Extras in the Siddur

Editors of siddurim (prayer books) have included a variety of bonus materials.

The siddur was always intended to be the most popular Jewish book. As such, editors have had a variety of competing interests. On the one hand, if a siddur was the only book that a Jew might own, it should certainly have everything one might need for prayers in a synagogue. At the same time, if most Jews were going to own a siddur, putting in other important and valuable information was a significant draw. When printing became much less expensive, people began to cut these “extras” out of the siddur, because people had other books and they might prefer a smaller, more compact siddur.
extra prayers
One common addition is the first of the seven aliyot (sub-sections of the weekly Torah portion; literally “ascents”) for each Torah portion of the year. These first aliyot are each divided into three smaller sections for reading on Mondays, Thursdays, and Shabbat afternoons. Another common addition is Maimonides’ Thirteen Articles of Faith.

Many siddurim include sections intended for home use, such as blessings and rituals for a family to celebrate Shabbat evening in their home. Beginning with blessings for lighting the Shabbat and festival candles, there are also the blessings that comprise the Kiddush, or sanctification over a cup of wine before the meal, as well as the blessing of bread. Some include Birkat HaMazon, the grace after meals, along with Shabbat zemirot, or songs to be sung at the table to celebrate the day.

Serving as a textbook of popular piety, many siddurim also have various berakhot (blessings) that one can say before eating different kinds of food, or to sanctify common moments in one’s life, such as seeing a rainbow, hearing thunder, or smelling fragrant trees and shrubs. Some siddurim also include a slim volume of the Mishnah, called Pirkei Avot, or Ethics of the Fathers, which is a compilation of the various ethical and moral sayings of the talmudic rabbis, as well as Psalms 120 to 134, all of which begin “A Song of Ascent” and were recited in ancient times by pilgrims traveling to Jerusalem. These selections are included to provide an opportunity for common Jews to study rabbinic texts and to add to the sanctity of their enjoyment of the Shabbat and festivals.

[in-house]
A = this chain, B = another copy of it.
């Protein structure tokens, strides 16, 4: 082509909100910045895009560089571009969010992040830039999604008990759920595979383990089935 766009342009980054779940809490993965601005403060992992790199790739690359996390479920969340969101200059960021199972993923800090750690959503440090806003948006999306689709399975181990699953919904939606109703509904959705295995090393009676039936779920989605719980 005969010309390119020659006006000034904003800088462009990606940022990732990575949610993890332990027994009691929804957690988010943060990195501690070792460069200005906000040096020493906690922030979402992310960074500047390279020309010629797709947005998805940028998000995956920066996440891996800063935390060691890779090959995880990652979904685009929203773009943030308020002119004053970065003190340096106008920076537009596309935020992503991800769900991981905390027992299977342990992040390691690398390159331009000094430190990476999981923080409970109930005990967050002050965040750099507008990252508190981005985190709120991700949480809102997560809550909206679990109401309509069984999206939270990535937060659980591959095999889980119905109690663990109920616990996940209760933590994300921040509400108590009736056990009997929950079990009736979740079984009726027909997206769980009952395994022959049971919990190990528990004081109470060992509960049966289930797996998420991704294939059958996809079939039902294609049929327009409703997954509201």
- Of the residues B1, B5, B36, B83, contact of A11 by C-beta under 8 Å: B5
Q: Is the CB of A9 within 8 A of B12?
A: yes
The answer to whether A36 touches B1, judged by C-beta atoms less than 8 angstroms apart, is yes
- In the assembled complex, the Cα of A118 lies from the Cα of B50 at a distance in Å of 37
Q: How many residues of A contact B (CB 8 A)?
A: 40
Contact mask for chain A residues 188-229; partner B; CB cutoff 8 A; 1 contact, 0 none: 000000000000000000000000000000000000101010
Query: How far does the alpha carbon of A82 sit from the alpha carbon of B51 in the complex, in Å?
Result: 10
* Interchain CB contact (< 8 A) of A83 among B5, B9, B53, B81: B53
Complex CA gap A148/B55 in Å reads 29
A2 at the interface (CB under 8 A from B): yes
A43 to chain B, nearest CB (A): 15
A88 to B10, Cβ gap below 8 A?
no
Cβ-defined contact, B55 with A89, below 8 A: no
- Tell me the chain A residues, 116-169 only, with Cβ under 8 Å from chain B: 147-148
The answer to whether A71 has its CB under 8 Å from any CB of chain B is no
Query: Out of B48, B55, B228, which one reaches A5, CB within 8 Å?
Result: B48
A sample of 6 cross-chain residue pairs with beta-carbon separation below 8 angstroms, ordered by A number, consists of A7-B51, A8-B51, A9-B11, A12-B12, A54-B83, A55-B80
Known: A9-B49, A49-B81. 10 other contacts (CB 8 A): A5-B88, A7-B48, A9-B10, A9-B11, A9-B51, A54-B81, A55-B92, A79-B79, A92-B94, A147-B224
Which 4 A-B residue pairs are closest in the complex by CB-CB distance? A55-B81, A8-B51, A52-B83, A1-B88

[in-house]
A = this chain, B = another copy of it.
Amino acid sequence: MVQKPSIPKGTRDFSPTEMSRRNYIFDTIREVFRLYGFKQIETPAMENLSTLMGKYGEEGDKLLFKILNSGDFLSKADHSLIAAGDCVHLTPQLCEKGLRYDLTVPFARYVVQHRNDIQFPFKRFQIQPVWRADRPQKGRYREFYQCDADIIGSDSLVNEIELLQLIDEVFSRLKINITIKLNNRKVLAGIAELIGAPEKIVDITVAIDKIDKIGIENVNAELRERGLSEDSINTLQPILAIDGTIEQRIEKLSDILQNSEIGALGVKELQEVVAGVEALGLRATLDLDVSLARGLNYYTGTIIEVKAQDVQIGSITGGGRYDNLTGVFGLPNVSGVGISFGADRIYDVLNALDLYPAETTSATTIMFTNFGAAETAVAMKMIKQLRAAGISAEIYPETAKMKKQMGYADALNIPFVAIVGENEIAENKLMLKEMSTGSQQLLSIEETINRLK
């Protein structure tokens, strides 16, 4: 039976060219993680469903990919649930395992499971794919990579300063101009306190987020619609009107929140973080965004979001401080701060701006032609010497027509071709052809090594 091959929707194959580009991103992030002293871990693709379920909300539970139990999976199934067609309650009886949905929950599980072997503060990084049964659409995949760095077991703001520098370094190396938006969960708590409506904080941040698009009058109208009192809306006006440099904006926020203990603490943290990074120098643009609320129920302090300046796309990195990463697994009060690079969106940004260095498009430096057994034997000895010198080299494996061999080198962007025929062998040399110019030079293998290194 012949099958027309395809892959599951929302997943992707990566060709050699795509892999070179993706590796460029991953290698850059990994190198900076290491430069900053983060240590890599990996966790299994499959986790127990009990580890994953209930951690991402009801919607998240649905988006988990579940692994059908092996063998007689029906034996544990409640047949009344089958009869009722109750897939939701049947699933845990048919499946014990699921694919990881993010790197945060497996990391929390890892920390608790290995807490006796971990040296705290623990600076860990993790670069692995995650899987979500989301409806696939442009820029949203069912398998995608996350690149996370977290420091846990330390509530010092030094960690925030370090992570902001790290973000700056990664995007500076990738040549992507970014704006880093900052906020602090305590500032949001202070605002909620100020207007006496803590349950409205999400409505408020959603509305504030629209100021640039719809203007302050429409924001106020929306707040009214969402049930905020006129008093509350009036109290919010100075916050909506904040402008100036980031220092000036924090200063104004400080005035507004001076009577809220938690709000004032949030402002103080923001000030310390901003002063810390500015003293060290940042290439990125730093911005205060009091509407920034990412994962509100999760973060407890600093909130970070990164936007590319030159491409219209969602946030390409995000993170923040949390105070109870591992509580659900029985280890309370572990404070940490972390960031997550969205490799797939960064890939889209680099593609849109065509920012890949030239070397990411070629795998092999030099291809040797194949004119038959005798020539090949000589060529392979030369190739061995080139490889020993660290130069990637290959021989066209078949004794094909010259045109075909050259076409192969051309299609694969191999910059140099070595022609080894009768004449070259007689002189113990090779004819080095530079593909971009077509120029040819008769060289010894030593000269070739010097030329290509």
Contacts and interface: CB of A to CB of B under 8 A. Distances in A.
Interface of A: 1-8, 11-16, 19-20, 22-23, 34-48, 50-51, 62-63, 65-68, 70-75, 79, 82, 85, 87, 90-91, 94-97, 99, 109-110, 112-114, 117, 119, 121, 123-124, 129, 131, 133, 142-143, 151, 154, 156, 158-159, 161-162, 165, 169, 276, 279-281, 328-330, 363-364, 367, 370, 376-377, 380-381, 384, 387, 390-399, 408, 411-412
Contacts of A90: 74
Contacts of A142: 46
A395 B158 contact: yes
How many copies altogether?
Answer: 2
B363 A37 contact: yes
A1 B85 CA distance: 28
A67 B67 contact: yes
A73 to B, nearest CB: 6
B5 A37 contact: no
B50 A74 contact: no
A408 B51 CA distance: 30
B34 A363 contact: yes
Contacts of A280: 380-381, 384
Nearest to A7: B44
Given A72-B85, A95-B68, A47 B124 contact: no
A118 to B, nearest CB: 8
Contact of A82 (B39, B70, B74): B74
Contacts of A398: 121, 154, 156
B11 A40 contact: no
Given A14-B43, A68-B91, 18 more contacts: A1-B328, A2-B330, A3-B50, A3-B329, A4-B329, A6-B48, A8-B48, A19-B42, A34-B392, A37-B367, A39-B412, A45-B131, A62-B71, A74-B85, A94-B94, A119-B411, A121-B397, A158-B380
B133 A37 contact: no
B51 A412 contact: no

Over the centuries, poets and rabbis created new religious poems (called piyyutim) to be recited at various points in the Shabbat and holiday services; many of them appear in siddurim today. Three particular piyyutim grace the pilgrimage festivals. On Shemini Atzeret, at the conclusion of Sukkot in the fall and the beginning of the rainy season in the Middle East, the cantor recites a poem called Geshem (literally “rain”) entreating God to send the seasonal rains if not on our account, then for the merit of our biblical ancestors. At the end of the rainy season on Passover, another poem asks God to continue blessing the crops by sending dew instead of the rain.

A similarly lengthy piyyut provides a detailed historical introduction to the reading of the Torah on Shavuot. Akdamut, written in Aramaic, serves as a poetic preamble to the revelation of the Torah (and falls into the category of reshut, a piyyut of “permission” that is placed before an important liturgical act, in this case the recitation of the Ten Commandments). It describes the heavenly events that accompanied the creation of the world, all seen as mere prelude to God’s giving of the Torah to the Israelites.

Originally, these poems as well as other liturgical poems and special readings for the festivals were included in machzorim (special holiday prayer books). As communities decreased the numbers of additional poems that were recited, machzorim became common primarily for the High Holidays, and these few poems were taken into the siddur, though machzorim for all the festivals continue to be published and used by some Jews.

Discover More

Why Music is Fundamental to Jewish Prayer

Jewish tradition teaches that music unlocks the door to divine connection.

When Prayer Fails Us

Tisha B'Av, the saddest day on the Jewish calendar, is testament to the failure of prayer to avert national catastrophe.

How to Acquire the Right Mental State for Prayer

The pursuit of proper kavanah, the Hebrew term for directed attention, has long concerned Jewish thinkers.